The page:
Animals can have a hybrid status where they are recognized as both property and persons under the law. However, as long as they are still classified as property they will not be “full persons” – one end of the property/personhood continuum that grants the strongest legal recognition of interests. Because “animals” are a diverse group, with varied capacities, and different societal uses, legal personhood would look different for different species of animals, based on what they need to thrive.

Sometimes More than Property: Distinctions and Evolution in the Law

Although classified as property, the legal system treats animals distinctly in some cases. For example, unlike all other forms of property, animals are protected by criminal cruelty laws. As of 2017, animals can be the beneficiaries of legally enforceable trusts in all 50 states, and a majority of states allow them to be included in domestic violence protection orders.

Similarly, some courts have held that non-economic damages are available when people suffer emotional harm as a result of tortious misconduct aimed at their animal companion. And federal and state laws have evolved over the past decade to address the needs of those with companion animals during natural disasters and emergency evacuations.

Recently, some states have enacted legislation requiring courts to consider the interests of companion animals in divorce and dissolution proceedings, in contrast to the strict property analysis that has long been the standard in determining ownership (or custody) of an animal. The traditional property analysis treats companion animals like furniture or other material assets to be equitably divided, but these new laws mention the “well-being” or “care” of the animal, thereby recognizing that animals have interests of their own that should be considered.

Additionally, some state legislatures have addressed animal sentience. For example, as a result of legislation that the Animal Legal Defense Fund helped draft and pass in 2013, Oregon law recognizes that “animals are sentient beings capable of experiencing pain, stress and fear.” Importantly, it also states that “animals should be cared for in ways that minimize pain, stress, fear and suffering.”

Another promising development is that animals are increasingly achieving crime victim status, particularly as it relates to which victims “count” at sentencing. Both federal and state courts have recognized that each individual animal who suffered as a result of a crime is a crime victim for sentencing purposes. In one state, Connecticut, special advocates can speak directly on behalf of animal victims throughout the entirety of a criminal animal cruelty case, and more  states are currently considering enacting this Courtroom Animal Advocate Program model.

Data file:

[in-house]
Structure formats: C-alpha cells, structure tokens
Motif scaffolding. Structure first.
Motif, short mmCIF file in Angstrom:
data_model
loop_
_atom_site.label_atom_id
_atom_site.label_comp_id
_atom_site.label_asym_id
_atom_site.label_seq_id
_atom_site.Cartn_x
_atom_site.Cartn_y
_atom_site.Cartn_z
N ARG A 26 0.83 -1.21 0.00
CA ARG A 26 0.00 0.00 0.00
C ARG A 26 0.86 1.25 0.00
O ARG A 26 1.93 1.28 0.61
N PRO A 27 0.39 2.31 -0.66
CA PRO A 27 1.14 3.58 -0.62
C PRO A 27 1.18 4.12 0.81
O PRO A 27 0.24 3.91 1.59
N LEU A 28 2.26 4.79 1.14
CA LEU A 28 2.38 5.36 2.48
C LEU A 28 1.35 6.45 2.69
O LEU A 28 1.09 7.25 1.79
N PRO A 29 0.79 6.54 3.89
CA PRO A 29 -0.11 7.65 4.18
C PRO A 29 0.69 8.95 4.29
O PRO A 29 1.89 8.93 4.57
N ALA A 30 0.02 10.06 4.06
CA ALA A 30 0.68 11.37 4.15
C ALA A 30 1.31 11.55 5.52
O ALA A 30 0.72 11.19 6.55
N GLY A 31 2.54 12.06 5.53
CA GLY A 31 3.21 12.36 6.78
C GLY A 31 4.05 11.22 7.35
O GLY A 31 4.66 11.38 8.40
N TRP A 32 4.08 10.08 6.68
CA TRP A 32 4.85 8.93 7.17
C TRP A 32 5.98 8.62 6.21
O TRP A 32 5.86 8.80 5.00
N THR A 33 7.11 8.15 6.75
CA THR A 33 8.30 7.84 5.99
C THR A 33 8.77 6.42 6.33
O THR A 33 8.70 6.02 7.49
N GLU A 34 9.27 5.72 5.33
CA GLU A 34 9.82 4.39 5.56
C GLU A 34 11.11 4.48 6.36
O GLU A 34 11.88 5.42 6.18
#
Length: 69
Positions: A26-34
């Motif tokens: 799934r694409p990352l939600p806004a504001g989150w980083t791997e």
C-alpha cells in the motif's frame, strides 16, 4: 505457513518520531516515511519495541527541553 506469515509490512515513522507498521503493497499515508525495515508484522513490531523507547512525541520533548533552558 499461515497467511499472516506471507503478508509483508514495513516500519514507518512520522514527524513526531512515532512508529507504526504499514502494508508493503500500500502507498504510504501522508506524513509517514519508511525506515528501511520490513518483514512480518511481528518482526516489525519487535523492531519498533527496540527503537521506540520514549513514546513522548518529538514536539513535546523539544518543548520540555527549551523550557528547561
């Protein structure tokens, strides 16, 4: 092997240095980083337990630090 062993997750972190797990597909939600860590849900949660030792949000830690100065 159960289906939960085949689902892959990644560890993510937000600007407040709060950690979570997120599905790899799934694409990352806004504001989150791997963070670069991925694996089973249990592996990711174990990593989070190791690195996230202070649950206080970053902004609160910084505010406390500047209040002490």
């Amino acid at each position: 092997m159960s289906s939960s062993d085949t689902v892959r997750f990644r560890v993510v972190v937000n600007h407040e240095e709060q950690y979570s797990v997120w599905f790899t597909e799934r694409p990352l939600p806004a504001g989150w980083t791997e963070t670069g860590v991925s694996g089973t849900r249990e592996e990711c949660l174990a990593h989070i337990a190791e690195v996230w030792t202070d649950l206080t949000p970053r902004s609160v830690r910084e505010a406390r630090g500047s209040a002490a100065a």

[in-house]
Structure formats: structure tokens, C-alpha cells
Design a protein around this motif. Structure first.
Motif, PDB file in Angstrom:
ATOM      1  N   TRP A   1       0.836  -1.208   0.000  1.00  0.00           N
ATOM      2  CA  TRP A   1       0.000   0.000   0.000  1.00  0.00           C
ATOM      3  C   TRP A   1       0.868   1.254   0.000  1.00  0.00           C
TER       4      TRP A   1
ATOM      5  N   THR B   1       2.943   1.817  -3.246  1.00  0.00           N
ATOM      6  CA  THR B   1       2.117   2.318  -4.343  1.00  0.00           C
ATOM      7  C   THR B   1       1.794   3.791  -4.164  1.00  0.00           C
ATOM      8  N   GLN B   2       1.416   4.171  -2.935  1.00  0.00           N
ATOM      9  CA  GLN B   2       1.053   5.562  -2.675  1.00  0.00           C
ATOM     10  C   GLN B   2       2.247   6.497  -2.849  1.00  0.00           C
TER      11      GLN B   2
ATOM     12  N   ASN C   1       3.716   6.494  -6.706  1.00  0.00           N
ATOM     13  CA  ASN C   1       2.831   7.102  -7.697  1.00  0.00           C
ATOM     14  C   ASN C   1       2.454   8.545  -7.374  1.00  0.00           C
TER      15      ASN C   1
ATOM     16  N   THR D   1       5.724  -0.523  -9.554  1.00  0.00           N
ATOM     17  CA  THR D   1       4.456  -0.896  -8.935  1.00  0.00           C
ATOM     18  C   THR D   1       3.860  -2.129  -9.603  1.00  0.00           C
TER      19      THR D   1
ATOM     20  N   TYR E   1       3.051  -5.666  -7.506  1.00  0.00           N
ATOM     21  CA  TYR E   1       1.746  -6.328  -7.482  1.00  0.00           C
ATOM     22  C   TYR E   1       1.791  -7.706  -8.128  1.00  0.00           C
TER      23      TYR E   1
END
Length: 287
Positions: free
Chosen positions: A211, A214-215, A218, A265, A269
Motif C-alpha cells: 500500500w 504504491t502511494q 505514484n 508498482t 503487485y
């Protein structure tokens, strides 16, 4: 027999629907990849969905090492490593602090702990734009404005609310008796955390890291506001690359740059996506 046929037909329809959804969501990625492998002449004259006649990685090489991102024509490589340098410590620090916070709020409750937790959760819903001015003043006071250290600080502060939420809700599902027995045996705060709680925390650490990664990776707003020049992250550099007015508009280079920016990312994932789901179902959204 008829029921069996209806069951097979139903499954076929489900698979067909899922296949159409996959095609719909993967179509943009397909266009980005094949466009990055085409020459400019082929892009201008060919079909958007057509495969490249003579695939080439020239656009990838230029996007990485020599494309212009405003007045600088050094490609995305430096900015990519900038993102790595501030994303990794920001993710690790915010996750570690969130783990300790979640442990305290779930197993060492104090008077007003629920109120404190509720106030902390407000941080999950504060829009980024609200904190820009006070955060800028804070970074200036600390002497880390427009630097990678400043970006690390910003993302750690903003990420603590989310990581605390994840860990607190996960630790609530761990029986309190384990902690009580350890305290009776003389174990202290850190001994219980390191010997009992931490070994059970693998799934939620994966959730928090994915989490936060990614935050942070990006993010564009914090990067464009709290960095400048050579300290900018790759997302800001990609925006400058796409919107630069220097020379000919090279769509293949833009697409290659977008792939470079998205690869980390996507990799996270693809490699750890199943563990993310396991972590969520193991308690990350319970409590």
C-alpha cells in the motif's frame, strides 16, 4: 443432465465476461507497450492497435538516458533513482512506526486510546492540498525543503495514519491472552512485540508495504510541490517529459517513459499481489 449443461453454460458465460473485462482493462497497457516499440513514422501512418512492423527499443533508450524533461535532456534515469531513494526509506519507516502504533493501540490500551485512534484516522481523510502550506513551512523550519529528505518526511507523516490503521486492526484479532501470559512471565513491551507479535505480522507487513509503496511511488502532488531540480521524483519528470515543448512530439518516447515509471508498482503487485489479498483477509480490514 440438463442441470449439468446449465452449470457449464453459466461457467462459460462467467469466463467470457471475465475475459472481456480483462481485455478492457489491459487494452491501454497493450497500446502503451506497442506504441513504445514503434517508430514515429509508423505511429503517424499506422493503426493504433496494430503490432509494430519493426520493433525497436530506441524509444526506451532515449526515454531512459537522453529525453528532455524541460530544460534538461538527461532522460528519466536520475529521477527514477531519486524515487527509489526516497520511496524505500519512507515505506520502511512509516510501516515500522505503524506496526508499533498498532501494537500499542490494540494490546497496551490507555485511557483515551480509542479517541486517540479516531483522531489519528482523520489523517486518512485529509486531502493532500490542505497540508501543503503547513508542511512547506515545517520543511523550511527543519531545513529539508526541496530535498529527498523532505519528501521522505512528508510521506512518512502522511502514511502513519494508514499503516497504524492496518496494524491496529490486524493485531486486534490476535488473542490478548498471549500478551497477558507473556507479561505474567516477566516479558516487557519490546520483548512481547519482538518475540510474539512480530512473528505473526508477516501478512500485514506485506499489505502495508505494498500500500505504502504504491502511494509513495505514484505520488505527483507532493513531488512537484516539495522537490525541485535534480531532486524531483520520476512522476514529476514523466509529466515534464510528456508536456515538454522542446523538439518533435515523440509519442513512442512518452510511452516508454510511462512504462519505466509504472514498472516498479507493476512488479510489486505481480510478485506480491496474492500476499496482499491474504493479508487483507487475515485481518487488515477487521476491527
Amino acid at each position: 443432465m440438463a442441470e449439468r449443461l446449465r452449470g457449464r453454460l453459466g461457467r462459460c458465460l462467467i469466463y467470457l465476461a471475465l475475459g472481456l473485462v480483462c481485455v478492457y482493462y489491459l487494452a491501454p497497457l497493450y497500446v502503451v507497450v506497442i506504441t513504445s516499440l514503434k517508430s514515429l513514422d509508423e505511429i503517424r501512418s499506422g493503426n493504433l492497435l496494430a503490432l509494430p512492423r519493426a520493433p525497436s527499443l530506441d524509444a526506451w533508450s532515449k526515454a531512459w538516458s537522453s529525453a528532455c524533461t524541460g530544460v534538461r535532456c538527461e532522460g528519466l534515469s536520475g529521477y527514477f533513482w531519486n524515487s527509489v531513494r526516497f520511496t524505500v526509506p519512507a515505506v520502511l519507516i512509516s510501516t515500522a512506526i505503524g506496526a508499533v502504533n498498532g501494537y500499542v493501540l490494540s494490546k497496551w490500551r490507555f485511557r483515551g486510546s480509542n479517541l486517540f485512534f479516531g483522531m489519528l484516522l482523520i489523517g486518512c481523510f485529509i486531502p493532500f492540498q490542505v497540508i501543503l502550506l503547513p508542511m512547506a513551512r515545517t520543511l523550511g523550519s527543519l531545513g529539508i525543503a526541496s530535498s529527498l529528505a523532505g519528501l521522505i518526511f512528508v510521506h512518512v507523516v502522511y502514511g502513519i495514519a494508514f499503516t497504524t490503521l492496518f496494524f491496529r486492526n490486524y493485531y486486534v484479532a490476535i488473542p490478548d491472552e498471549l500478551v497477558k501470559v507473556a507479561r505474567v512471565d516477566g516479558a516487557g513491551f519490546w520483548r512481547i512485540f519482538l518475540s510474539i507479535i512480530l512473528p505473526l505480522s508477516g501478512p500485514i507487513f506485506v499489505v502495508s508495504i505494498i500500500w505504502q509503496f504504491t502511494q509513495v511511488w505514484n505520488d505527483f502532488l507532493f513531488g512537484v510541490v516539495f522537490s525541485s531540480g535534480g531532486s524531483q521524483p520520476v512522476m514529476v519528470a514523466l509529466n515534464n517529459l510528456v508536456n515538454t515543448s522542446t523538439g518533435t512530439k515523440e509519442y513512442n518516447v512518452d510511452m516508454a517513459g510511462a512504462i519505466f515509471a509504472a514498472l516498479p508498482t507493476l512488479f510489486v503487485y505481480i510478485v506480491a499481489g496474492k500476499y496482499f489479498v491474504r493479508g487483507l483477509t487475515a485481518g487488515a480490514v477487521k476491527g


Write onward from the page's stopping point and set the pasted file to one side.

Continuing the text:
However, most animals do not yet enjoy these additional protections, which thus far are mostly reserved for those animals whom we define as companions, i.e. “pets.”

Looking Ahead

The Animal Legal Defense Fund is fighting to expand the boundaries of the law toward greater recognition that animals are more than mere property and deserve a legal status that reflects their nature as living, feeling beings. The general classification of animals as property permeates the legal system and public consciousness and affects every type of animal. We therefore use a multifaceted approach, fighting on many fronts in which the interests and well-being of animals are at stake. We work to strengthen and improve legal protections for animals within the current legal property paradigm, while simultaneously advocating for a status that is more akin to legal personhood.

Take Action

As we work toward a more just and inclusive world in which animals’ interests are recognized and respected under the law—and where they have a legal status beyond mere property—something everyone can do is educate others about issues pertaining to animals. The relationship between law and social change is complex, but increased public concern for animals can ultimately lead to significant changes in their legal status. As public sentiment increases for animals, our work in the courts and legislatures will become easier.

  • [1] For domesticated animals who are dependent on humans, this includes homes as family members or sanctuaries where their species-specific needs are met by qualified caregivers.
  • [2] See: Gordon, Gwendolyn J. (2017), “Environmental Personhood,” Columbia Journal of Environmental Law, Vol 42:1.